Arts & Cultural Organizations: Why You Should Be Using Pinterest
I have 1021 pins. 1021. I knew I had a solid interest in Pinterest, but this confirms it – full blown obsession. I wonder how long it took me to pin so many things. If I sent someone 1021 text messages, I could probably be given stalker status. Good thing I’m not alone:
- Pinterest is now the no. 3 social network in the US (behind Facebook and Twitter)
- The average Pinterest user spends 14.2 minutes per visit
- In March 2012, Pinterest had over 4 million daily unique page visits
So what does all this mean to you? Who are these users and should you be trying to reach them? Check out this infographic from Tamba and see if Pinterest attracts your target audience. (P)interested yet? As I am getting to know more about the Altru users, I’ve been convinced that you could benefit from being on Pinterest. Here’s why:
1 – You have the images!
Pinterest is all about visual stimulation, showcasing beautiful images that move people to like, repin, or share, thereby supporting your cause. As museums, zoos, galleries, festivals and foundations, you have so many powerful images to choose from. You can pin images of your venue space, grounds, events, exhibits or patrons.
2 – Your supporters are already on the site.
I did a quick search for a few of our Altru users and almost every search returned images of your organization. You already have fans on Pinterest: time to connect with them!
3 – There’s a category that’s perfect(ly searchable) for you. On Pinterest, images are categorized. For children’s museums and zoos, there’s Kids and Pets; for museums, Art, Architecture, or Design. If you host weddings at in your event space, pin images to Wedding & Events. There’s also Food & Drink, Gardening, Outdoors, Science and Nature, Technology … your organization could be a part of so many searches!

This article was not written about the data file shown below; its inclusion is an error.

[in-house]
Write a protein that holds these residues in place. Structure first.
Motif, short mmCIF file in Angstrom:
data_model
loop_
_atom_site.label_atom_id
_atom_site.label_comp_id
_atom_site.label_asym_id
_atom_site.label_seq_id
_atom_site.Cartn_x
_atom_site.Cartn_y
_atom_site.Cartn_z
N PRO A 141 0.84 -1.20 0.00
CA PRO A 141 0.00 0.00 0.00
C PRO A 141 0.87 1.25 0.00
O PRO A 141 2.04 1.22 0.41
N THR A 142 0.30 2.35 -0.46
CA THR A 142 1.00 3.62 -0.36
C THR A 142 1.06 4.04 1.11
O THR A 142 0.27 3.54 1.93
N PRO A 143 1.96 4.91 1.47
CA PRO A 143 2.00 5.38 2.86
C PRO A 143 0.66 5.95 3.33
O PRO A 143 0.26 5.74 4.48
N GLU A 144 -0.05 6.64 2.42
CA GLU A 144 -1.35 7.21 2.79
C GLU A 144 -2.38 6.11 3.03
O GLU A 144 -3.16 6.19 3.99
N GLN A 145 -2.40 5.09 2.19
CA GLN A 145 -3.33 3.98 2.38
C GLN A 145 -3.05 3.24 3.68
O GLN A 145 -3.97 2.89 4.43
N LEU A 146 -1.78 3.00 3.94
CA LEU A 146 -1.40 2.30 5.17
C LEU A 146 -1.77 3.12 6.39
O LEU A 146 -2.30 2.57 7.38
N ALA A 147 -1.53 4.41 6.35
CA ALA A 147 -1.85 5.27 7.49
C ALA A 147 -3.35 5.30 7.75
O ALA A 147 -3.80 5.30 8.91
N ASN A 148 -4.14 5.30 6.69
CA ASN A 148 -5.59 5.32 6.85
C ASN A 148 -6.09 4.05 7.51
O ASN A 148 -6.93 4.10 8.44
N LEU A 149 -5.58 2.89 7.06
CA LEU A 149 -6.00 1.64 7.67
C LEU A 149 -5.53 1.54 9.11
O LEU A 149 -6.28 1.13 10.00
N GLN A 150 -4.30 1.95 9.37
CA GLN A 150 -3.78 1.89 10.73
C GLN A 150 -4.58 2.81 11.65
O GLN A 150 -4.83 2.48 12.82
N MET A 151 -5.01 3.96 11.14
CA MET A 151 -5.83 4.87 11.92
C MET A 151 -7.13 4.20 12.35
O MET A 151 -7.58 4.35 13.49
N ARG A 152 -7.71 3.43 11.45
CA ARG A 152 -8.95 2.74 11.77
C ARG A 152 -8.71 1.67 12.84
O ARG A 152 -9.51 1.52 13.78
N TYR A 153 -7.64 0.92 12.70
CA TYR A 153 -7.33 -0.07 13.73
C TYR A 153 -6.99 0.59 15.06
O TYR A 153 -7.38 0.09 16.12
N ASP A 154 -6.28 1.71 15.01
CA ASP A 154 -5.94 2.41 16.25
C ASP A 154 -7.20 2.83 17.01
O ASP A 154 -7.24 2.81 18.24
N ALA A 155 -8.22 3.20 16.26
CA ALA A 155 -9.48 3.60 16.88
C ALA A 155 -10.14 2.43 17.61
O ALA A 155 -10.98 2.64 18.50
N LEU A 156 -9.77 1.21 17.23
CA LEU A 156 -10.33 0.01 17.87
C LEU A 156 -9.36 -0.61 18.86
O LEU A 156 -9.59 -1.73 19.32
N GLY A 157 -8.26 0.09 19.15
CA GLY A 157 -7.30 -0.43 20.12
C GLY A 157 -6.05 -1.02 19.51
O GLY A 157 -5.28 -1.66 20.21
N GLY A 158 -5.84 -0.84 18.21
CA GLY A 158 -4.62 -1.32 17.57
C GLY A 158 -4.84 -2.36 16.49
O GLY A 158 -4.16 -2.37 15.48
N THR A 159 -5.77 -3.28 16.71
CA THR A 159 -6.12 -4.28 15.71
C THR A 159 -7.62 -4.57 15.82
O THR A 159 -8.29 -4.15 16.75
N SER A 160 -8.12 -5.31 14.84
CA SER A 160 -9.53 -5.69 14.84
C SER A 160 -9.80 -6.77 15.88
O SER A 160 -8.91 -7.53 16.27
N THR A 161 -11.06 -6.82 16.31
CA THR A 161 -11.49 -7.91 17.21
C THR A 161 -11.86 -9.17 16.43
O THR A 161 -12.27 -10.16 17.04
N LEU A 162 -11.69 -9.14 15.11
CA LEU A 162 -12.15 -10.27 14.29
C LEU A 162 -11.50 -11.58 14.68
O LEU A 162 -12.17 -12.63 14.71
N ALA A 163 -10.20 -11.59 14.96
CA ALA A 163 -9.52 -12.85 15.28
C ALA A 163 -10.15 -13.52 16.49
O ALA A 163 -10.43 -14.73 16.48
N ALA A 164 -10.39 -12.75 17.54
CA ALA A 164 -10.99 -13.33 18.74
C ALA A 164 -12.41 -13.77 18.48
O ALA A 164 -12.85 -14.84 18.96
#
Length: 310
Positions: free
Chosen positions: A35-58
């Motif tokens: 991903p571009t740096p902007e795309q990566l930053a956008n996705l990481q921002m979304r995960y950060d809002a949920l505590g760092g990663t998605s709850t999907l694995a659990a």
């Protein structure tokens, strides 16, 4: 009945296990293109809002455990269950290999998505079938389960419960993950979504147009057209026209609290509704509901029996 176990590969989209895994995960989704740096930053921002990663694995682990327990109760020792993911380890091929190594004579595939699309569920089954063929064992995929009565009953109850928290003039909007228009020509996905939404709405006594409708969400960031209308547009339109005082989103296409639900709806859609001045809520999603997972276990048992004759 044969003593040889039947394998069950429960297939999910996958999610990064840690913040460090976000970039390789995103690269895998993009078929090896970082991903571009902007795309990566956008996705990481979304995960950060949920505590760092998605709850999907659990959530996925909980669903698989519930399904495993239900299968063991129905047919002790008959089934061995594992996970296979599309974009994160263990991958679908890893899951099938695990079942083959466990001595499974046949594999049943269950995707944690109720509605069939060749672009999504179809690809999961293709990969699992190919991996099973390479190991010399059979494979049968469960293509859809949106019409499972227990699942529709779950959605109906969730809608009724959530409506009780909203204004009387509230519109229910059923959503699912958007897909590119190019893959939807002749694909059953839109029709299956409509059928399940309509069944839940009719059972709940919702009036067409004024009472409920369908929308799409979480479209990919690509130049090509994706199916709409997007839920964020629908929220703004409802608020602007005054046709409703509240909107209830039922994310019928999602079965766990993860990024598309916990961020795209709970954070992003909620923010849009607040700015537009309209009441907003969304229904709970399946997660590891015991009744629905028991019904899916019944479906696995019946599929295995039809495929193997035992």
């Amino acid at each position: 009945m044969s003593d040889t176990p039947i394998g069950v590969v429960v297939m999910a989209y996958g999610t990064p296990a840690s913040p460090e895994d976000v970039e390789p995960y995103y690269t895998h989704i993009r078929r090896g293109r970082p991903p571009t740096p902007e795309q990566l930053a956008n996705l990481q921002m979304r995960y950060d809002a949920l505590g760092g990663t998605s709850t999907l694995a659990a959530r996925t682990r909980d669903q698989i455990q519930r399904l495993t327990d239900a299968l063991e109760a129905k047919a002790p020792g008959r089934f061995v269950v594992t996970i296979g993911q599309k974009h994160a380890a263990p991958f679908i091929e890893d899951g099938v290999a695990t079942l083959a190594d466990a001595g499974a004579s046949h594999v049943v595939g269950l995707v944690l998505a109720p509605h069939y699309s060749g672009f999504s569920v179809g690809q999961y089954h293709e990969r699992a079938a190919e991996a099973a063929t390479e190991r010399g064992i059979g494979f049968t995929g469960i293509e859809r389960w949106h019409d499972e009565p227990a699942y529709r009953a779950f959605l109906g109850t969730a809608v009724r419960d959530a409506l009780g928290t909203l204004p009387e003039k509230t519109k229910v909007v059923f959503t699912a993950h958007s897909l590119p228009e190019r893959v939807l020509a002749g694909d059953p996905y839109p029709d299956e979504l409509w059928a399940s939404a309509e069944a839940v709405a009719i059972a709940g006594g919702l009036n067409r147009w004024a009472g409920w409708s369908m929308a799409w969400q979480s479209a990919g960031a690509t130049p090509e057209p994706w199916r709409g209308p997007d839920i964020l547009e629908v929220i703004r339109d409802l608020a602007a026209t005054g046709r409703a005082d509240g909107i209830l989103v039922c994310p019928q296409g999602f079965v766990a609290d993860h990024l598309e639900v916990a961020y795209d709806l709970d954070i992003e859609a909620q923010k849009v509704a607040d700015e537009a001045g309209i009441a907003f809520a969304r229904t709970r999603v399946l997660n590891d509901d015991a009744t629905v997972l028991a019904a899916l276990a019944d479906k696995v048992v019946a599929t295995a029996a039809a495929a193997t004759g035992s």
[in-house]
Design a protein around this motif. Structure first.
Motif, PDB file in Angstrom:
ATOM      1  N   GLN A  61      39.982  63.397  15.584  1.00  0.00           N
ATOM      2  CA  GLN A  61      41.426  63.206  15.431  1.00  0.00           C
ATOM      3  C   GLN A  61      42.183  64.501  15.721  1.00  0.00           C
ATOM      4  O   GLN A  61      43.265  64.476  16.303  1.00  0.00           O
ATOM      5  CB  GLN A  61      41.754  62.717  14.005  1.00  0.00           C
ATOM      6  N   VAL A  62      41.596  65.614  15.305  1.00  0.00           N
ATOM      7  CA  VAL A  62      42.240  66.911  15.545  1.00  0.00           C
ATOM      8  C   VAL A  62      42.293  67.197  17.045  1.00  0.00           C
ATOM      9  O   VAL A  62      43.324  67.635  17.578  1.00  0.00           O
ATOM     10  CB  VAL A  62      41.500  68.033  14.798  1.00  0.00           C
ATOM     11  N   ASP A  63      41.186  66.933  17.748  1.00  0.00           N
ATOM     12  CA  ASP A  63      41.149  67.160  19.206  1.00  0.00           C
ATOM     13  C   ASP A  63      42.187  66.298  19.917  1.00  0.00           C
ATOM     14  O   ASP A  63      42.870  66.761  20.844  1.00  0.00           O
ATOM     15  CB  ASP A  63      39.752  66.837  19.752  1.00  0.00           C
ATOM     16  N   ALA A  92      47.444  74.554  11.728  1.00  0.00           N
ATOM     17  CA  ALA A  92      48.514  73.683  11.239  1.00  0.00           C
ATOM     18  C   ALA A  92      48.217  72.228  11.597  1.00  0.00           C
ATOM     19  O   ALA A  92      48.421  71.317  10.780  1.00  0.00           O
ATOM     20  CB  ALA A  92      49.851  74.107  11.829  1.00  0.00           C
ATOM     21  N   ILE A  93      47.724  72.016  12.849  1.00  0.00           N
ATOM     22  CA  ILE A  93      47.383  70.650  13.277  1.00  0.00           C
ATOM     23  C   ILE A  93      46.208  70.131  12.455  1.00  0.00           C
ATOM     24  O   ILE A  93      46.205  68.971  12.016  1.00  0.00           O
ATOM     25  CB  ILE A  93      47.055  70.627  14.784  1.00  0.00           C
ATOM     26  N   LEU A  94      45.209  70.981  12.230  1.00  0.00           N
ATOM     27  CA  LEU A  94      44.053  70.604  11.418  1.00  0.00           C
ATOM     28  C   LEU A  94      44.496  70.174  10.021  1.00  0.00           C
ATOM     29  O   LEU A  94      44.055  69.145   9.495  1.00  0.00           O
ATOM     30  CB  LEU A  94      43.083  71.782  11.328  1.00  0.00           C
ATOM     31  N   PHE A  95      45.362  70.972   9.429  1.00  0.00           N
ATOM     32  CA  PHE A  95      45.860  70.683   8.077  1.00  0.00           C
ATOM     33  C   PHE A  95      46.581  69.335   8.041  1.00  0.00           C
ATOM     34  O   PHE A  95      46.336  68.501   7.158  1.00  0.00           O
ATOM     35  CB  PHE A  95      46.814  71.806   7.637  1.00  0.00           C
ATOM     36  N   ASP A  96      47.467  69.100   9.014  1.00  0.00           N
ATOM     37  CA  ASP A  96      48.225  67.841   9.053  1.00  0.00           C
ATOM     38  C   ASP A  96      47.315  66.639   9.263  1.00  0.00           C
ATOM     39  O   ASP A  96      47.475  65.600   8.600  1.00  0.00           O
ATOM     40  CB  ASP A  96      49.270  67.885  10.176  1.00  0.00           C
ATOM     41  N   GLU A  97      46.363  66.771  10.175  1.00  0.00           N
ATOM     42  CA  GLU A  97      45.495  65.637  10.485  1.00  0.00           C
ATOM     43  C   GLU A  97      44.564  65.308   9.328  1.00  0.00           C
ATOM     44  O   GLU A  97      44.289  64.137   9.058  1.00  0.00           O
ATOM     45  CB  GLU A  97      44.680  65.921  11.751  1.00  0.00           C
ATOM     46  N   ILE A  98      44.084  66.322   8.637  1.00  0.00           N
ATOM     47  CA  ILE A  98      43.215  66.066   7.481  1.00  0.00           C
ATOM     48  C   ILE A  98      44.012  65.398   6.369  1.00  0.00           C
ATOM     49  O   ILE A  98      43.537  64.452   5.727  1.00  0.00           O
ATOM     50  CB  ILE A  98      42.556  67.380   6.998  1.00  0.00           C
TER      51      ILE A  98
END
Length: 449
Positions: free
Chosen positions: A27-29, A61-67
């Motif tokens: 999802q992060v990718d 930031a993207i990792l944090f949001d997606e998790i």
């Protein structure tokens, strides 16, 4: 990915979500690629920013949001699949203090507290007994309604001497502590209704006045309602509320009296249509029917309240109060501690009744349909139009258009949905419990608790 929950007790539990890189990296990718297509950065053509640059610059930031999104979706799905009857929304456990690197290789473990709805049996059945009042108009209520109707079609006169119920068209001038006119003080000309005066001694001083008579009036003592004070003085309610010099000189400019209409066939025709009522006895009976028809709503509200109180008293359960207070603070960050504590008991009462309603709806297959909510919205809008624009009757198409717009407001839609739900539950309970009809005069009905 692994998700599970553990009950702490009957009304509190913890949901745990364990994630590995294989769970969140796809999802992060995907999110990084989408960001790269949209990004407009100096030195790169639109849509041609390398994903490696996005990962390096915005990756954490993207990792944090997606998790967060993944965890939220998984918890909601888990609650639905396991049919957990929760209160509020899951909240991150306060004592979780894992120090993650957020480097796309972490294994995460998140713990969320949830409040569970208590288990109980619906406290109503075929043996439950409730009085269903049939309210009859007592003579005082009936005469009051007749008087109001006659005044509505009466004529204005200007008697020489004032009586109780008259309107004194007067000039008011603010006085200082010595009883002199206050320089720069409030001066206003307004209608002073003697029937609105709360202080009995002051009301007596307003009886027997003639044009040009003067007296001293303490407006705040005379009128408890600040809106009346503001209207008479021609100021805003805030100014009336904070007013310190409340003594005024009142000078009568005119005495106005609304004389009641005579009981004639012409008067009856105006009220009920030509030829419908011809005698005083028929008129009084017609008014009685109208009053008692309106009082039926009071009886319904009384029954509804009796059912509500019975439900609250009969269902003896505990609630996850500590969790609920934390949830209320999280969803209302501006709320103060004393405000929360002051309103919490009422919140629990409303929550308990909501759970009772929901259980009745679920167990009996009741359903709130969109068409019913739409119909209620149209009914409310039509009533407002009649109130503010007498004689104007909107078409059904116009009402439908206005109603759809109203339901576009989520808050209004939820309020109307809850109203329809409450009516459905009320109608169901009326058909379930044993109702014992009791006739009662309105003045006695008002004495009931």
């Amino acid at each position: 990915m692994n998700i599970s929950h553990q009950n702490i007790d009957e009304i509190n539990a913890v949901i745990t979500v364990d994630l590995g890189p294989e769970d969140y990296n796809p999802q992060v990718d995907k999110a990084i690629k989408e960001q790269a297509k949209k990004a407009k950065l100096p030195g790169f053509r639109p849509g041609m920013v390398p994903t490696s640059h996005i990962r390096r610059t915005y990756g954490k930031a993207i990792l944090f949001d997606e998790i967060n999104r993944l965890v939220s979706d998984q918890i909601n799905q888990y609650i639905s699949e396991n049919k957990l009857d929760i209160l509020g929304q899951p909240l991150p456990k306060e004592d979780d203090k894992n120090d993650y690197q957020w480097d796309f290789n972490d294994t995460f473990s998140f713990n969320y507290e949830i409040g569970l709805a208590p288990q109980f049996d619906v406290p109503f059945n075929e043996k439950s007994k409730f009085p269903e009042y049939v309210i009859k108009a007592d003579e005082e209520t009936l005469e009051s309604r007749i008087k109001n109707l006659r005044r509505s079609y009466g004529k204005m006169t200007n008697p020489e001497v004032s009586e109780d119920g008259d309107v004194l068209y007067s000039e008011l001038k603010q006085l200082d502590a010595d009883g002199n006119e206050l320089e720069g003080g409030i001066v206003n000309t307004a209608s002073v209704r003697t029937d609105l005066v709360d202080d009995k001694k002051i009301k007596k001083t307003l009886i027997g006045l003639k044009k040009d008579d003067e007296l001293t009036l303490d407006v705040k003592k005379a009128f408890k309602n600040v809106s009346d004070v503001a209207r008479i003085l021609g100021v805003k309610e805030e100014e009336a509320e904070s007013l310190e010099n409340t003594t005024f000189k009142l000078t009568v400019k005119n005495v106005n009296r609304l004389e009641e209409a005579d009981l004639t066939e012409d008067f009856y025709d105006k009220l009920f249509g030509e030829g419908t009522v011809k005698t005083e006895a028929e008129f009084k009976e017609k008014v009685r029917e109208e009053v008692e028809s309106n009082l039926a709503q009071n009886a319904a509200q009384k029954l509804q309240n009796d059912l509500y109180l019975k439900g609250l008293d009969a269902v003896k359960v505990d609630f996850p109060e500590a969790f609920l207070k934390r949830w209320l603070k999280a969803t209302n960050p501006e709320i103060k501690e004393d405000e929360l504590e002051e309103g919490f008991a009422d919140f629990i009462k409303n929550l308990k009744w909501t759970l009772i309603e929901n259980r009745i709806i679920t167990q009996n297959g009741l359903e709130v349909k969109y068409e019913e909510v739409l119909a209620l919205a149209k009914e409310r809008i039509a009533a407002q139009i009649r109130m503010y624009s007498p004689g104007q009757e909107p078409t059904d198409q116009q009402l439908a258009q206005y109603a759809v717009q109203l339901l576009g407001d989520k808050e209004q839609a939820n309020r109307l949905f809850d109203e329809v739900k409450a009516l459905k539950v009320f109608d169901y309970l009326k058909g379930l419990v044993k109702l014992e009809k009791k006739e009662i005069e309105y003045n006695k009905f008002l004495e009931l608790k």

Here’s a suggestion from Frogloop.com on how museums, zoos or aquariums could use Pinterest: Create a shared Board for visitors to pin their favorite works of art or to share shots of themselves feeding their favorite animals (In exhibits and galleries where photography is permitted, of course!). To pull this off well you’ll want to print up some effective signage to orient people to what Pinterest is about and how the museum is using it. Include a QR code that visitors can scan to get to the Pinterest mobile download page. Still not sold? Here are 10 examples of nonprofits leveraging pinterest for social goodand a couple more articles to check out:
- Nonprofit Infographics on Pinterest
- Nine Pinterest Best Practices for Nonprofits
- How To: Get Your Nonprofit Started on Pinterest
- 12 Ways to Use Pinterest for Your Nonprofit
Enough of the rehashing of internet articles; you could be pinning already! Is anyone already using Pinterest for your nonprofit and loving it? Or did you decide against it? We’d love to know why you joined or didn’t! Maybe we can chat about it in the community. You can keep up with us on Twitter by following @bbsupport. Take a look at our Twitter Guide for more information. Check out the Altru Community to submit ideas, ask questions and network with fellow Altru users.
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